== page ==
Ukrainian Refugees Were Asked Not To Return This Winter As Energy Crisis Approaches
Because of the looming energy crisis, Ukrainian refugees were asked not to return this winter. The government has instructed the populace to hold off until spring, citing the threat that damaged networks 'will not cope' with the ongoing warfare.
Amidst growing concerns about whether or not Ukraine's crippled energy infrastructure will be able to keep up with demand this winter, the government of Ukraine is recommending refugees now residing outside the country not to return until the spring.
Ukraine war refugees asked not to return this winter
The energy problem comes at the same time as officials in Kyiv have issued a warning that the upcoming winter may signal the hardest combat of the war in the area around Kherson, which is located in the south of Ukraine and where Russian soldiers have been digging in.
Iryna Vereshchuk, the deputy prime minister of Ukraine, issued a warning after recent Russian missile and drone attacks rendered a third of the country's energy sector inoperable, stating that "the networks will not cope."
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You see what Russia is doing. We need to survive the winter.
- Iryna Vereshchuk, Deputy Prime Minister of Ukraine
The warning was issued following a time period in which, according to the results of polls, a greater number of Ukrainian refugees had expressed a wish to go back home.
Vereshchuk stated that even though she hopes that Ukrainians would return in the spring, it is crucial that they do not return at this time because the situation will only get worse. If it is at all possible, you should remain outside of the country for the time being.
Many people are concerned that the upcoming winter could be difficult because there are no signs that the combat would stop in the country's east and south, which are regions where Ukraine has achieved recent victories in Russian-occupied areas.
In order to maintain some semblance of stability inside the country's faltering electrical infrastructure, the Ukrainian people have already been ordered to reduce the amount of electricity they consume.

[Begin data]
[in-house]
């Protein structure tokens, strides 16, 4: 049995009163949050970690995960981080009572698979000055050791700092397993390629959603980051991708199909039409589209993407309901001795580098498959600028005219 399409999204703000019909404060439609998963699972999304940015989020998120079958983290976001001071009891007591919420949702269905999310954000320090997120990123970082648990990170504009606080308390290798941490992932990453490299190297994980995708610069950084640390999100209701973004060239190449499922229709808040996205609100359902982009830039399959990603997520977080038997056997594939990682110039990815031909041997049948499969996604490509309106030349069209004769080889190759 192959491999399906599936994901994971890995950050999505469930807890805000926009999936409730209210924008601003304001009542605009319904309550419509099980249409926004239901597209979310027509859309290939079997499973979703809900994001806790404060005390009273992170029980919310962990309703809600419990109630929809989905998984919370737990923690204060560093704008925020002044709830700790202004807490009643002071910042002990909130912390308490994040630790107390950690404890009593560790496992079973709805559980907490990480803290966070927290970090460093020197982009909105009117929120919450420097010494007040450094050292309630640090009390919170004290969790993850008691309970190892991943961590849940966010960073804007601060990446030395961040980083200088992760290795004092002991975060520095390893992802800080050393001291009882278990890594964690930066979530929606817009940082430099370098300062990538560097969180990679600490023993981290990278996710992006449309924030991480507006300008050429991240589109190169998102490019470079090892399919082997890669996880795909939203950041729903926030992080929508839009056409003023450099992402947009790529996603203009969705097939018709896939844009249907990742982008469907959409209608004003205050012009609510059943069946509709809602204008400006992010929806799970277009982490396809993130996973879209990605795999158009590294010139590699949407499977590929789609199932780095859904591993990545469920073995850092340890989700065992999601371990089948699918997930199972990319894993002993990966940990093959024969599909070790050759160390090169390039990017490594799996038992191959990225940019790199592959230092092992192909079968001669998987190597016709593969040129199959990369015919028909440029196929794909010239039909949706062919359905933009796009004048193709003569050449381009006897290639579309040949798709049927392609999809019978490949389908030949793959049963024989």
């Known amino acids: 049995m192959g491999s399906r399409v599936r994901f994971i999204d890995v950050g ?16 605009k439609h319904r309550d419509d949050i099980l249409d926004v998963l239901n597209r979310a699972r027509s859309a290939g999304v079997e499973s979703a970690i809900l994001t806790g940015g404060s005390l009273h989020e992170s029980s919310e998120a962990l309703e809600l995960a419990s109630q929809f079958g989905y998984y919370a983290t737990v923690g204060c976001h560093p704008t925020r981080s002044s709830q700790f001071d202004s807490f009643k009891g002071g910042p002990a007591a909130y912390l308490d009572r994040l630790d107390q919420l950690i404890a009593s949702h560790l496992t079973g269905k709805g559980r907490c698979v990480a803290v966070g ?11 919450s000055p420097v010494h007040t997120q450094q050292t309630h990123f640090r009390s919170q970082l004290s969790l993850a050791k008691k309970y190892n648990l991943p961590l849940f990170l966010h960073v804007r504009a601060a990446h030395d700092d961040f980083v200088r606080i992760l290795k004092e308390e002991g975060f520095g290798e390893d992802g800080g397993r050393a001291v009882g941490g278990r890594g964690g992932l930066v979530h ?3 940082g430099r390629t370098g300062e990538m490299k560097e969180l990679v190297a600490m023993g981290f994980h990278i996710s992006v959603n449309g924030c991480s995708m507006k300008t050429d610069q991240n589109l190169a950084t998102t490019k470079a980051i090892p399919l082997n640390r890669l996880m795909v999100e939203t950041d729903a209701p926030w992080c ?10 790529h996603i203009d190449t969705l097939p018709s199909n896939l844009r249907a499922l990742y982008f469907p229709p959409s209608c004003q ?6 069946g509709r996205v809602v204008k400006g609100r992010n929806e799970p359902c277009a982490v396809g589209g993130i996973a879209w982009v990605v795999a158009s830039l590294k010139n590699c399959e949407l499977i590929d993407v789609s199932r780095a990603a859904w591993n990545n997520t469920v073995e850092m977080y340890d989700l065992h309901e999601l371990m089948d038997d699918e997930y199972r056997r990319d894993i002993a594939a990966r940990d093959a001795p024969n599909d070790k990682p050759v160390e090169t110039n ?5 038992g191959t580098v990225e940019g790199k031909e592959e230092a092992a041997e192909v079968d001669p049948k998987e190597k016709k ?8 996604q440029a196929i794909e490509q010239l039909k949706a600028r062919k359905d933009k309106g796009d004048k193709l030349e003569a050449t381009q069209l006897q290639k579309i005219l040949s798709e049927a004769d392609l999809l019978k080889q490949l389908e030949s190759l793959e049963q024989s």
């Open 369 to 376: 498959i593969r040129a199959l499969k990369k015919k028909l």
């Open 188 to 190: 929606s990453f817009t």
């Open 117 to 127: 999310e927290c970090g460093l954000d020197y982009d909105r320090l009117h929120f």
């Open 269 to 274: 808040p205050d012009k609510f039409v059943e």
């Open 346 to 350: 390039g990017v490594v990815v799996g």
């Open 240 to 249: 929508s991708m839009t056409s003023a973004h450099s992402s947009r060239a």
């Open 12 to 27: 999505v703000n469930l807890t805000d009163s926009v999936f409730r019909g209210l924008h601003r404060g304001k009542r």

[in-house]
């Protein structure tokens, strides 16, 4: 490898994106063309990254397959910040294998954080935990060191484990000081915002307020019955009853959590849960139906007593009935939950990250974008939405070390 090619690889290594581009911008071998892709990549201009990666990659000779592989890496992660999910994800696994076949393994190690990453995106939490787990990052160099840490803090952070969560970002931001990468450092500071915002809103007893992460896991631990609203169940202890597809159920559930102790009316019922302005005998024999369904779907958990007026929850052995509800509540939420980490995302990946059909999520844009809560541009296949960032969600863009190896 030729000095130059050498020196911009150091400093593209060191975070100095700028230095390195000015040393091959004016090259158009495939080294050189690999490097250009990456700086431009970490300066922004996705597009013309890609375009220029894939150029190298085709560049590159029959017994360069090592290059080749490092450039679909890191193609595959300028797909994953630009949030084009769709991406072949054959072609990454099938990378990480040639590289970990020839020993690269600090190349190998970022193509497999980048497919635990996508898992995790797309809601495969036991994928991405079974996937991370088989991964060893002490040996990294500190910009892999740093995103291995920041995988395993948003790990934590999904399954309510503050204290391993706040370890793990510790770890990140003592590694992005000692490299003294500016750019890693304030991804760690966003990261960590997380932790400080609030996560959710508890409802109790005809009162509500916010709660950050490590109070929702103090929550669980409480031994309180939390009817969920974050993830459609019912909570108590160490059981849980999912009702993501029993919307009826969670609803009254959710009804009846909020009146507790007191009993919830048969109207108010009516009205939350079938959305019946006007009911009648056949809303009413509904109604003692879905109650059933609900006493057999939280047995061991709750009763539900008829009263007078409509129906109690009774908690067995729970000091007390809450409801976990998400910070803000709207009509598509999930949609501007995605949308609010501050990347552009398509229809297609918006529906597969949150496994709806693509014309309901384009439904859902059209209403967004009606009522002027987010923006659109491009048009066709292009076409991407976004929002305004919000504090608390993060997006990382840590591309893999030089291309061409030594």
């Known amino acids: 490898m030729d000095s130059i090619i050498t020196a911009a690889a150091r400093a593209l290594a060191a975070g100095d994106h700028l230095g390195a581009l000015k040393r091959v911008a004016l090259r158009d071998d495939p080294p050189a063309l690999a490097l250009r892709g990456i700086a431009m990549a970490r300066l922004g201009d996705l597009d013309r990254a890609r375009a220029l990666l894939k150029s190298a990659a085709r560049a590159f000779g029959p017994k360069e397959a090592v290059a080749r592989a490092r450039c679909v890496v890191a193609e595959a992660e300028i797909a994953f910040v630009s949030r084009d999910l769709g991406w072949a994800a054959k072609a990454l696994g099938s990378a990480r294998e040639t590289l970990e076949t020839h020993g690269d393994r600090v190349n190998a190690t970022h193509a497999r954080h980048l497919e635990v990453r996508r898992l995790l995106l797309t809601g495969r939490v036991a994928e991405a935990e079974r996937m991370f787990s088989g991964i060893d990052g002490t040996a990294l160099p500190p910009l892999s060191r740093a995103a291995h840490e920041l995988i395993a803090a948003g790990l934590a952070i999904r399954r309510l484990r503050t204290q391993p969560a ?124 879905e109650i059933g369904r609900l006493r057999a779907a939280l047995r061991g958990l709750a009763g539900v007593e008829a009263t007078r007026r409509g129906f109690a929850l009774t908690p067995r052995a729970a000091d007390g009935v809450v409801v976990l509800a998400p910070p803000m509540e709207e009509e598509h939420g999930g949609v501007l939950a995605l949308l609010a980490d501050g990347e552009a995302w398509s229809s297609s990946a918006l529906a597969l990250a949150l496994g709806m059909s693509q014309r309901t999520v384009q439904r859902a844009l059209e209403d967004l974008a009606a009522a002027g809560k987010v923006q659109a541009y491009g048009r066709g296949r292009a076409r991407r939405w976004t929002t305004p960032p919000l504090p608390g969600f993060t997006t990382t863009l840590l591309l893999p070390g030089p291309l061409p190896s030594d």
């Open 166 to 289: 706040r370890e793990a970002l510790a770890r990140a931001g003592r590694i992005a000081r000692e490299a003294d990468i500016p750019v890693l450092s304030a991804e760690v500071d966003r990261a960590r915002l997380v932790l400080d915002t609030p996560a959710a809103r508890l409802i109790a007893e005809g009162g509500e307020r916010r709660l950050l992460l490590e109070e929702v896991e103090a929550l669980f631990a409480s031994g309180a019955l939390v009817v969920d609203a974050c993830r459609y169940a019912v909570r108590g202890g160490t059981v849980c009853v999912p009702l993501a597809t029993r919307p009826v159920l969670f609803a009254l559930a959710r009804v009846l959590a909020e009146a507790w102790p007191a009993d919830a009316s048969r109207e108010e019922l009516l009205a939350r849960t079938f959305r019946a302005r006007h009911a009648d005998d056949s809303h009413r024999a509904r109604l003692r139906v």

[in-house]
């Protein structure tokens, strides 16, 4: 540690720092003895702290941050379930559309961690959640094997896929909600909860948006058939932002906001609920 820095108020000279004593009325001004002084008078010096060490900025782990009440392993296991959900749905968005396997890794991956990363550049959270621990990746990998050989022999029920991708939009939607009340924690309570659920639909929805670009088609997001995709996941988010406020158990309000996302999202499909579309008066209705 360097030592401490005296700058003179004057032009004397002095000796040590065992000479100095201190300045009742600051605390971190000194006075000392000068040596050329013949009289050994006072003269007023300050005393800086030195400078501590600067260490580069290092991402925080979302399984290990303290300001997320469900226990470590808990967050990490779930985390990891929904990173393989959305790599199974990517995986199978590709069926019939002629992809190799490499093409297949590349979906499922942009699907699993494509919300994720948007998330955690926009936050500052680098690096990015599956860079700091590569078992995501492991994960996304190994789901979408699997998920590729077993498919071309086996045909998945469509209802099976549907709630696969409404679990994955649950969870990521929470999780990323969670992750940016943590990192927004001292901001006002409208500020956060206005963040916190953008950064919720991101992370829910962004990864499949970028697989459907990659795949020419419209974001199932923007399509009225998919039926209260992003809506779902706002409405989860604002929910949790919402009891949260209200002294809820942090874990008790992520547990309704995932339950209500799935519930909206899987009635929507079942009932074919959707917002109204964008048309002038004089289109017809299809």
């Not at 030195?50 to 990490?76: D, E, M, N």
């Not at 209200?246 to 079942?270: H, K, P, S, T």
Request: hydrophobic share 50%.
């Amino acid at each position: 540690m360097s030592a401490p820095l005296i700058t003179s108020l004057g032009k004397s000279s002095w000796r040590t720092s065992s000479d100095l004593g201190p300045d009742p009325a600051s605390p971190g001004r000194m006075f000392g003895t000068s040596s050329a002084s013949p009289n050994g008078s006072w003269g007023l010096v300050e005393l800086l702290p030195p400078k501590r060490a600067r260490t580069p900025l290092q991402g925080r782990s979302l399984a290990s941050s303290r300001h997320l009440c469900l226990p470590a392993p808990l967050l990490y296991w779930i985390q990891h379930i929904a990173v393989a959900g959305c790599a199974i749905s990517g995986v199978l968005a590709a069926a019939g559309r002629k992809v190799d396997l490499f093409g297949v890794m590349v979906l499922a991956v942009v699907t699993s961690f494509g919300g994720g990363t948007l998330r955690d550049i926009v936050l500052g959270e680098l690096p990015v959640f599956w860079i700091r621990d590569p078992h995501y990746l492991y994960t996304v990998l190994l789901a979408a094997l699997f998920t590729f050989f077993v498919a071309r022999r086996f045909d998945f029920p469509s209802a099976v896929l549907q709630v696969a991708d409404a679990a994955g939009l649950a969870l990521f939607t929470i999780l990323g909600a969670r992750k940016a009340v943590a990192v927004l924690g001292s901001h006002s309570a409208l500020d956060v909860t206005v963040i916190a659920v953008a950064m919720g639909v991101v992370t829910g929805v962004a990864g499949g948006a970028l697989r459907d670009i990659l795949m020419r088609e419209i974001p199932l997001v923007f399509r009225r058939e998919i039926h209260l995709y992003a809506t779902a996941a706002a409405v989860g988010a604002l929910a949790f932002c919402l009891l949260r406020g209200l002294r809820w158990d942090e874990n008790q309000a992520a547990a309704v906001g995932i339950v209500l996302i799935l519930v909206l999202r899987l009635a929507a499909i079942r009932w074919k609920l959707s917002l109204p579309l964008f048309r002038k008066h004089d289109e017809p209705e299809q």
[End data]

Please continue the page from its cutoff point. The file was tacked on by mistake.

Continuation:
Following Russian attacks on power stations, Ukraine intends to implement power cutbacks.
As Ukrainian forces have continued to advance in their campaign in the south, which has resulted in Russian forces being driven back, the prospect of bitter urban fighting for Kherson, the largest city under Russian control, has become more likely. This is due to the fact that Ukrainian forces are now closer than ever before.
An adviser to the president of Ukraine, Volodymyr Zelenskiy, named Oleksiy Arestovych, stated that there was no indication that Russian forces were preparing to abandon the city, despite the fact that Russian-installed authorities were encouraging residents to flee to the east bank of the Dnieper River.
"With Kherson everything is clear. The Russians are replenishing, strengthening their grouping there," Arestovych stated this in a video posted online late on Tuesday night. "It means that nobody is preparing to withdraw. On the contrary, the heaviest of battles is going to take place for Kherson."
Kherson is widely considered to be the most strategically significant of the four provinces that Russian President Vladimir Putin proclaimed to have been annexed in September.
It has control over the sole land route that leads to the Crimean peninsula, which Russia annexed in 2014, as well as the mouth of the Dnieper River, which is a massive river that runs through the middle of Ukraine.
Setbacks for Russia on the battlefield have been accompanied by more heated rhetoric from Moscow, including highly dubious assertions that Ukraine planned to use a dirty bomb on its own territory and the weird notion that Putin's security council has that Ukraine needed "de-satanisation."
On Tuesday, the Kremlin stated that it would "vigorously" continue to make the case to the international community that it believed Ukraine intended to detonate a "dirty bomb" with radioactive contaminants. This statement came after the Kremlin claimed that it believed Ukraine intended to detonate a bomb with radioactive contaminants.
Dmitry Peskov, a Kremlin spokesperson, told reporters that Moscow hoped to elicit an active response from the international community.
Following a series of meetings with Nato defense ministers, Russian Defense Minister Sergei Shoigu called his Indian and Chinese counterparts on Tuesday to relay Moscow's warning.
In reaction to Russia's assertions, India's defense minister, Rajnath Singh, stated that neither party in the conflict should use nuclear weapons.
The thought of using nuclear or radiological weapons goes against the core precepts of humanity, Singh warned Shoigu, emphasizing the importance of resolving the crisis through dialogue and diplomacy as soon as possible.
Ukraine and its western allies have denied Russia's allegation and expressed fear that Moscow is using it as an excuse to escalate the conflict. According to Zelenskiy, Russia's statement showed that Moscow was intending to use a tactical nuclear bomb and would seek to blame Ukraine.
Russia would be "making an incredibly serious mistake," according to US President Joe Biden, if it used a tactical nuclear weapon.